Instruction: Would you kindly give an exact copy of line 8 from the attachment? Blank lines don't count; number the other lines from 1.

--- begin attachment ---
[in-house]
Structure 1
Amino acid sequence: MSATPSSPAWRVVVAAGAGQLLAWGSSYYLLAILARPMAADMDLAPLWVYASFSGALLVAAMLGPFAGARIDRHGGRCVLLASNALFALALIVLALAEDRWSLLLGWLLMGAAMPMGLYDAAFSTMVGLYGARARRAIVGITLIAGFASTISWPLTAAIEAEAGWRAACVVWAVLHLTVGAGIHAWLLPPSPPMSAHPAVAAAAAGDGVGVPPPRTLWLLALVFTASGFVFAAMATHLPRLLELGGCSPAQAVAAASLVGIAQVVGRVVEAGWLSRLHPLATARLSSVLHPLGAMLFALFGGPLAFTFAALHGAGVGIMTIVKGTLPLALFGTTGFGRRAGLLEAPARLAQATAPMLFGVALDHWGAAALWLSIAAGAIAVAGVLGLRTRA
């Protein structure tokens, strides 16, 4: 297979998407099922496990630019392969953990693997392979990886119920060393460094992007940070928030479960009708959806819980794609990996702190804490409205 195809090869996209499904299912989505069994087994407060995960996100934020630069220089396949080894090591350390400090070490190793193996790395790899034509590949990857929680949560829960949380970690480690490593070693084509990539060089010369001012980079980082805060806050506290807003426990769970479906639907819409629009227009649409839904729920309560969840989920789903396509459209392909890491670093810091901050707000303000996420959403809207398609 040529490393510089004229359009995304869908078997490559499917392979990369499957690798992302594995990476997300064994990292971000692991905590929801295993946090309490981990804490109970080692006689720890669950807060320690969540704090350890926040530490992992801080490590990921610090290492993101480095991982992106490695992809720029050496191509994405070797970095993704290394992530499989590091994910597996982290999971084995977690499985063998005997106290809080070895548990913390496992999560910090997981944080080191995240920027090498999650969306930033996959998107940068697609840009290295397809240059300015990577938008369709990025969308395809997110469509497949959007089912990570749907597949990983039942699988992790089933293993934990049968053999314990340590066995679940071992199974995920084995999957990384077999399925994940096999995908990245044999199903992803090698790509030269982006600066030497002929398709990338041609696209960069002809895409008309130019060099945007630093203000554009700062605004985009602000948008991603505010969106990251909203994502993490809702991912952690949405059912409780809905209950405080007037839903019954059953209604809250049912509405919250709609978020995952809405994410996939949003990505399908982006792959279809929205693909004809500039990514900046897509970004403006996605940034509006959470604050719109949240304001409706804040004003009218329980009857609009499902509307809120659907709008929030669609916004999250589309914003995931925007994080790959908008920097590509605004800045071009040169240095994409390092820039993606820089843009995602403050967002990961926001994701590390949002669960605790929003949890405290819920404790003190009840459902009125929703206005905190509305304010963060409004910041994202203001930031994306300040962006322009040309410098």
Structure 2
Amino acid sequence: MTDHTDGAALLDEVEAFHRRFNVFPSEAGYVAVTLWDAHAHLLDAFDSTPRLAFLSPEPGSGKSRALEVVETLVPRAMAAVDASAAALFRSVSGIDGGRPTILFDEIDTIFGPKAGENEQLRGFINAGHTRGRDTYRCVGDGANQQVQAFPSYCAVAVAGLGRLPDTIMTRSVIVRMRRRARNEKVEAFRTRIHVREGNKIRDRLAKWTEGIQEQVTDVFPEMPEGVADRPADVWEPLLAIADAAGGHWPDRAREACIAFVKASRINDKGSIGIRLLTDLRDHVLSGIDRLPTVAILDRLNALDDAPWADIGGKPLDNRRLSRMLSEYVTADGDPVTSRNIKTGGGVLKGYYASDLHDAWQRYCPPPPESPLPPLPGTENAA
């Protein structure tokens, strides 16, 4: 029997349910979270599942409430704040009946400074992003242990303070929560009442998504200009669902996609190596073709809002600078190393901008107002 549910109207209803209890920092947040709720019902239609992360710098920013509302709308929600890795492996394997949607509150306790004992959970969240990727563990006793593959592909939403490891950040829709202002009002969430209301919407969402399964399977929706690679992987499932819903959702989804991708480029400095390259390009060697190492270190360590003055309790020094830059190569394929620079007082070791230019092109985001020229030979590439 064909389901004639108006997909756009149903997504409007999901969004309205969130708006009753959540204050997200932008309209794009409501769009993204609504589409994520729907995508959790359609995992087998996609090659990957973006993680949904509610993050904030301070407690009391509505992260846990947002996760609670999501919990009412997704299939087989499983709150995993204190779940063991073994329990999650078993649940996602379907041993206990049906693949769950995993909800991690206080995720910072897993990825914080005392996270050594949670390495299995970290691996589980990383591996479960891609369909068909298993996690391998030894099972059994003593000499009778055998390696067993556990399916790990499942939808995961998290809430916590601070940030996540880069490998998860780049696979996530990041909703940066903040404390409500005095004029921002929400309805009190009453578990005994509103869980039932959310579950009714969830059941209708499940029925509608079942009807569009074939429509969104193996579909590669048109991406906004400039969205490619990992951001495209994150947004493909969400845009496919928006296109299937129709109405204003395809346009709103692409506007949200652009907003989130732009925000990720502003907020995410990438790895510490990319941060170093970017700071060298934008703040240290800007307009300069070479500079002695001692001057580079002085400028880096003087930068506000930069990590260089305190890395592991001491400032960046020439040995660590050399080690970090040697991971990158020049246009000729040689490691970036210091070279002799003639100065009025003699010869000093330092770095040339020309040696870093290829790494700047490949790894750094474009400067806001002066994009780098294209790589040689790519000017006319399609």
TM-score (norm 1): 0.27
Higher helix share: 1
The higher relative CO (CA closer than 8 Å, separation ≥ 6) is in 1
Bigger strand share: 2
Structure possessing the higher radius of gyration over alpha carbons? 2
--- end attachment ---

TM-score (norm 1): 0.27